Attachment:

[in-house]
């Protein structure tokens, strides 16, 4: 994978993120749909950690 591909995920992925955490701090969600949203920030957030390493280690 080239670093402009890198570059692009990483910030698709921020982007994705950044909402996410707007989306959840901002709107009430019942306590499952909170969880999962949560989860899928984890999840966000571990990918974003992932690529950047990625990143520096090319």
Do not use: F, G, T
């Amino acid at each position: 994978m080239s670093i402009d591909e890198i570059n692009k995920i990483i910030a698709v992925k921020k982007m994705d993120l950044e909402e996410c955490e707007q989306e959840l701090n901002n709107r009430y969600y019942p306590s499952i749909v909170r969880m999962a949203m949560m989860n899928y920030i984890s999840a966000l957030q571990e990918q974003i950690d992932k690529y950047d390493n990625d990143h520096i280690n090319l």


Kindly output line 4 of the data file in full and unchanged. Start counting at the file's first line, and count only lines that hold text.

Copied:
């Amino acid at each position: 994978m080239s670093i402009d591909e890198i570059n692009k995920i990483i910030a698709v992925k921020k982007m994705d993120l950044e909402e996410c955490e707007q989306e959840l701090n901002n709107r009430y969600y019942p306590s499952i749909v909170r969880m999962a949203m949560m989860n899928y920030i984890s999840a966000l957030q571990e990918q974003i950690d992932k690529y950047d390493n990625d990143h520096i280690n090319l």